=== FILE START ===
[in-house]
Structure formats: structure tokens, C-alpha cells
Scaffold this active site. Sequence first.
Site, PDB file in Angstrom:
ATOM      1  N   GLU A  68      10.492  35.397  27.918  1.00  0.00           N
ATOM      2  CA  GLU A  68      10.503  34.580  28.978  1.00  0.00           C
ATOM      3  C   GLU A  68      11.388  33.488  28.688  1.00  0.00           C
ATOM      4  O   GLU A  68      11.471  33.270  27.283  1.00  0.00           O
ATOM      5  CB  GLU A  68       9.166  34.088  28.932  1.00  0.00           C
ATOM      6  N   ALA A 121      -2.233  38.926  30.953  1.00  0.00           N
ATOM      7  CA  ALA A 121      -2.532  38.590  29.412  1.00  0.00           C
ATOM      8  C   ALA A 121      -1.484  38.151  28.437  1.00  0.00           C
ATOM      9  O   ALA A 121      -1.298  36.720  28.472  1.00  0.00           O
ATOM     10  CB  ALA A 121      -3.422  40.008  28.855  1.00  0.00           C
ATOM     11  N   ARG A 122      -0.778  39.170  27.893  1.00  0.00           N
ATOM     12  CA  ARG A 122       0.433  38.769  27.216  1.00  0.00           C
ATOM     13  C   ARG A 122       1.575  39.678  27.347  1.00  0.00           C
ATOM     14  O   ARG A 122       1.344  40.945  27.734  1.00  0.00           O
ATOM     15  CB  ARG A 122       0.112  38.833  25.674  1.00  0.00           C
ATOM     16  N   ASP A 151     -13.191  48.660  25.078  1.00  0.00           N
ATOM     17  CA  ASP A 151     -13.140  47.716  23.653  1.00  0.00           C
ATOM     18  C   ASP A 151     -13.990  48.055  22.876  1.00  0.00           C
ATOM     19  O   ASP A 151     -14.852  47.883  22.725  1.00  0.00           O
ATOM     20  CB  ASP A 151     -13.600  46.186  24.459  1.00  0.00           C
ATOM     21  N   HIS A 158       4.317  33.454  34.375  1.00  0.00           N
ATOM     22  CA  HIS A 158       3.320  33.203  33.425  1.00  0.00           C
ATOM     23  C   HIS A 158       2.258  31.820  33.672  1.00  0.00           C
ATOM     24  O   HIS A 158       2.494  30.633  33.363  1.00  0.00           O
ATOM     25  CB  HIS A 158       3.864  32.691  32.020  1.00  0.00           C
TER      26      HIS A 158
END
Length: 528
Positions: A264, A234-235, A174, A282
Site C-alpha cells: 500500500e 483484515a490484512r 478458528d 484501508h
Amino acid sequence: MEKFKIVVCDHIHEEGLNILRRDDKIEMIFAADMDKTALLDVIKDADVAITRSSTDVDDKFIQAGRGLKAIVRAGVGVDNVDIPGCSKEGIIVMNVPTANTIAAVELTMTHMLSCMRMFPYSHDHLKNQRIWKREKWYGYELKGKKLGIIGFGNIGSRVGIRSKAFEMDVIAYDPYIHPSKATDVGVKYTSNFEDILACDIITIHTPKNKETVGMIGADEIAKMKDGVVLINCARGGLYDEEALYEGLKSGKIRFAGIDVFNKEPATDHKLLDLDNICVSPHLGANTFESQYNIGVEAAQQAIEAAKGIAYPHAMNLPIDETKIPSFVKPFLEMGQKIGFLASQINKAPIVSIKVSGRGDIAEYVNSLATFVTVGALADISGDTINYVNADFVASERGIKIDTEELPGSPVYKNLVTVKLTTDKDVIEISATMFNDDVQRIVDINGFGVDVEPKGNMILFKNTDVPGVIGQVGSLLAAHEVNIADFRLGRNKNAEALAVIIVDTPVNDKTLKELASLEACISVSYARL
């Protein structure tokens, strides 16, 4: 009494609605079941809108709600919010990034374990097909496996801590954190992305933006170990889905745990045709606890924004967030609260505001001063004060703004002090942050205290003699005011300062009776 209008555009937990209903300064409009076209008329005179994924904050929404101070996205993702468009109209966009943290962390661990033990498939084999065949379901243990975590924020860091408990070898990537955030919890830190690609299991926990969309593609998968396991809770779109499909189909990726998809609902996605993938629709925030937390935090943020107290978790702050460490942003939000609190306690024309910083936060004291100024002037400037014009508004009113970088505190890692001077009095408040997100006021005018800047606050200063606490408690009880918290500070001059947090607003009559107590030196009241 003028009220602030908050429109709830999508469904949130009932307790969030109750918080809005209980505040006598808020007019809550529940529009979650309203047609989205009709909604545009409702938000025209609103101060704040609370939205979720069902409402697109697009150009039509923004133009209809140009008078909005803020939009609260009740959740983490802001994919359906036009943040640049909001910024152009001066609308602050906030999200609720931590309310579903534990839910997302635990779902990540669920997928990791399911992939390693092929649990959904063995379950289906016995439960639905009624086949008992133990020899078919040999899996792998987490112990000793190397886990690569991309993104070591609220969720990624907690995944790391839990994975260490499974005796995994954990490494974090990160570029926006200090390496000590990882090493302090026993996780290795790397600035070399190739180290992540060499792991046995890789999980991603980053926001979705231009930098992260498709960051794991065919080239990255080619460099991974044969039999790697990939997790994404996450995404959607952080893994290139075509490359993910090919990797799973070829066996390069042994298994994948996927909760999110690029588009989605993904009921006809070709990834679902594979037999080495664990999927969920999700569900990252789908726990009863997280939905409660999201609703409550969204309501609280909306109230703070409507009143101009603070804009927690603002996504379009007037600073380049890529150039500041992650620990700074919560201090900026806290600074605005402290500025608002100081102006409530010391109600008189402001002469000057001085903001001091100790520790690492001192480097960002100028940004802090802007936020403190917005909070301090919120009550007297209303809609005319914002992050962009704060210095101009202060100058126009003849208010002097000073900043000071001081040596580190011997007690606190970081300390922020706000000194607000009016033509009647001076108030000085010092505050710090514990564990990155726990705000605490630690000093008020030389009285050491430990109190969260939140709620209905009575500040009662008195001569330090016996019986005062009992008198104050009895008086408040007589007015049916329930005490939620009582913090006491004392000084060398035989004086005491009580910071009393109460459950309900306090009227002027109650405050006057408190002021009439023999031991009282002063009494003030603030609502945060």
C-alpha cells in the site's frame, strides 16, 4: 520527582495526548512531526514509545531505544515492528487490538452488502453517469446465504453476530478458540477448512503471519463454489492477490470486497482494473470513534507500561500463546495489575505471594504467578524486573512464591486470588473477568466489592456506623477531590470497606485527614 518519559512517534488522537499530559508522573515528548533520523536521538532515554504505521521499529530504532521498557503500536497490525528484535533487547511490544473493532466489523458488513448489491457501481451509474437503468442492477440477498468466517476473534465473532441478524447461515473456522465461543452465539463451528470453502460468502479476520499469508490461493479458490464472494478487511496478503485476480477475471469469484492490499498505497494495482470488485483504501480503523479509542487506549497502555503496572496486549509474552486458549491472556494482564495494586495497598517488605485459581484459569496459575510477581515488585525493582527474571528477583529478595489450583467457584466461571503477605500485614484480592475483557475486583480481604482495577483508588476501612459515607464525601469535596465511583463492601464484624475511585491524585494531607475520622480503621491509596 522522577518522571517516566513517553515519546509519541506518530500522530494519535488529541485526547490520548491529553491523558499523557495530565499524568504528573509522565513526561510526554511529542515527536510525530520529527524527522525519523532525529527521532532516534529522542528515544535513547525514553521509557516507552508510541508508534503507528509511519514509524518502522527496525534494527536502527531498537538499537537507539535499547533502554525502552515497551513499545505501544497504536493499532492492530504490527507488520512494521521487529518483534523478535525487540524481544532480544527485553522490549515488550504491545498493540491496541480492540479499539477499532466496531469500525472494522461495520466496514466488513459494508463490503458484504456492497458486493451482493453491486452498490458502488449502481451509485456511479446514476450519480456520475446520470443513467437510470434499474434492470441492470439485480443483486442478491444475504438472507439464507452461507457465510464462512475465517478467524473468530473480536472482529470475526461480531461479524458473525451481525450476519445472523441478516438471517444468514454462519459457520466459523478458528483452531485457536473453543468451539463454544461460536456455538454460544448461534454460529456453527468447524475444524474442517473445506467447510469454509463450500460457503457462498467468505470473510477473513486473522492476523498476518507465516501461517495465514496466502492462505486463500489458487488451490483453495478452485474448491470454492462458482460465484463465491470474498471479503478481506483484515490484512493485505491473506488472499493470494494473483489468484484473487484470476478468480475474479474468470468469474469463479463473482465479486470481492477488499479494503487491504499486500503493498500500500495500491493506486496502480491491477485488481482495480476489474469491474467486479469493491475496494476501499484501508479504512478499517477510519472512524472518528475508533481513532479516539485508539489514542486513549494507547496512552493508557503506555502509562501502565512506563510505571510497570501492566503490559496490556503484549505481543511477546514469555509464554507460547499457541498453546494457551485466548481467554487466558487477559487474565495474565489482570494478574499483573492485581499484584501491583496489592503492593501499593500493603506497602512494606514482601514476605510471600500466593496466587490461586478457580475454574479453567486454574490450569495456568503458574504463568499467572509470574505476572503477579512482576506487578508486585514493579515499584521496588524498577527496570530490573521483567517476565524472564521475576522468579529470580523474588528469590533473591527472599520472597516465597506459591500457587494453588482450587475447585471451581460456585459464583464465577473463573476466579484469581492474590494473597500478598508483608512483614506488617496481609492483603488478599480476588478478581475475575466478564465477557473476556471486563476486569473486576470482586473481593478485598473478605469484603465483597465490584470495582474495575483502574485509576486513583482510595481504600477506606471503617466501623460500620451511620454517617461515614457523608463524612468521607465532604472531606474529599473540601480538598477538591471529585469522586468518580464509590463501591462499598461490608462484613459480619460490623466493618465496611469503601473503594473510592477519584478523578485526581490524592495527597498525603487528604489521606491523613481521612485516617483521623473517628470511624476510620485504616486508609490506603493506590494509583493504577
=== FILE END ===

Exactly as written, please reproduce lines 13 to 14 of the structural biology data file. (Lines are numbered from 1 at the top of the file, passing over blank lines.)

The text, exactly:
ATOM      9  O   ALA A 121      -1.298  36.720  28.472  1.00  0.00           O
ATOM     10  CB  ALA A 121      -3.422  40.008  28.855  1.00  0.00           C